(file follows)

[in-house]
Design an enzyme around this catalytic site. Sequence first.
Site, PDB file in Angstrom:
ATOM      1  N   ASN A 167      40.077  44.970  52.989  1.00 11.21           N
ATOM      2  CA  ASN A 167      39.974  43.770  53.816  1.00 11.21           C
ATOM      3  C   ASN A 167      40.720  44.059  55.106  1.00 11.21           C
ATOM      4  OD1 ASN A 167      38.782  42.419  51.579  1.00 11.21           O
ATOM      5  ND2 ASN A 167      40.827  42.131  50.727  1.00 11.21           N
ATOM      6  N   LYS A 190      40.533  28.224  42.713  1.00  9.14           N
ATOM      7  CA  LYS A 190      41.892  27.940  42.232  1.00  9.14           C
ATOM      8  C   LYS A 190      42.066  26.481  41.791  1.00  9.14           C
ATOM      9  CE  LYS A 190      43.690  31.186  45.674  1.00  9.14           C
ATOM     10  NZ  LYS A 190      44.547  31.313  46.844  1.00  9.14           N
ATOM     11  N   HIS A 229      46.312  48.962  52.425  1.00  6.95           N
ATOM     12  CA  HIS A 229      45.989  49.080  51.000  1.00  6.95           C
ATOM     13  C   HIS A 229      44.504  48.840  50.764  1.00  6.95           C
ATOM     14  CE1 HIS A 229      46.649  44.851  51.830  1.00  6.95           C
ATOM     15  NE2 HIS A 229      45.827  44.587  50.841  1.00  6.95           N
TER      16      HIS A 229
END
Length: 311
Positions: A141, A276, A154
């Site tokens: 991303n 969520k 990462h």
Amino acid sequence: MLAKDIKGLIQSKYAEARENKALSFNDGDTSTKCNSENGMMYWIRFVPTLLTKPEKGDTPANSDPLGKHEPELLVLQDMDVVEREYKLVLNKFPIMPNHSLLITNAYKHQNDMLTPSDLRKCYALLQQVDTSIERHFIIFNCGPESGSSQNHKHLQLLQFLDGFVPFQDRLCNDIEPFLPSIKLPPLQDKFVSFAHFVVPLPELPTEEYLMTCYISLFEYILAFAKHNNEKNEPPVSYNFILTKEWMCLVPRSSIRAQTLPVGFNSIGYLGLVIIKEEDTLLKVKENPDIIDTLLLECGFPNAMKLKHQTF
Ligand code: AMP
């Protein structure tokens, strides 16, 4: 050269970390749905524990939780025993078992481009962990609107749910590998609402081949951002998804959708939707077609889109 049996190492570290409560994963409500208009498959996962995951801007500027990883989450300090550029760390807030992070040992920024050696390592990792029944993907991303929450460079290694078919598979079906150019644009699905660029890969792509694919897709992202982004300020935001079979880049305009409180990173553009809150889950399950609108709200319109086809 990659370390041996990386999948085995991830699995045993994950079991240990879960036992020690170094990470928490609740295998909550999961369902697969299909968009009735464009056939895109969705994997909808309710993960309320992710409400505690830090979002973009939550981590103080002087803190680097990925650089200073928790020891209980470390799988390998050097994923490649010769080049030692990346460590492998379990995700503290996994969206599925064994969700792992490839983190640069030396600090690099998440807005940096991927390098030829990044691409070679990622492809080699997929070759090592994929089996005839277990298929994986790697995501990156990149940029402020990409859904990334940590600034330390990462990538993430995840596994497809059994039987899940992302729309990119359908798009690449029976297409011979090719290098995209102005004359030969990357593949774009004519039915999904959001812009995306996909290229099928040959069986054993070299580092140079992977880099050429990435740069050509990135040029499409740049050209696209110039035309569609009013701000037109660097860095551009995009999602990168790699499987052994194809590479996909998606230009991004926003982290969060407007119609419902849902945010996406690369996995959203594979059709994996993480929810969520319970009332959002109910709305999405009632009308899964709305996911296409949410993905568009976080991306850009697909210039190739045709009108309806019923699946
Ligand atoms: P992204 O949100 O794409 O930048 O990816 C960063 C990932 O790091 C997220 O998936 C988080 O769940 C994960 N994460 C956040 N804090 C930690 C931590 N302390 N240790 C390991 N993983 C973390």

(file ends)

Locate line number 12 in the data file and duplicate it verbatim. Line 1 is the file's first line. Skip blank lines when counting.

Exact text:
ATOM      9  CE  LYS A 190      43.690  31.186  45.674  1.00  9.14           C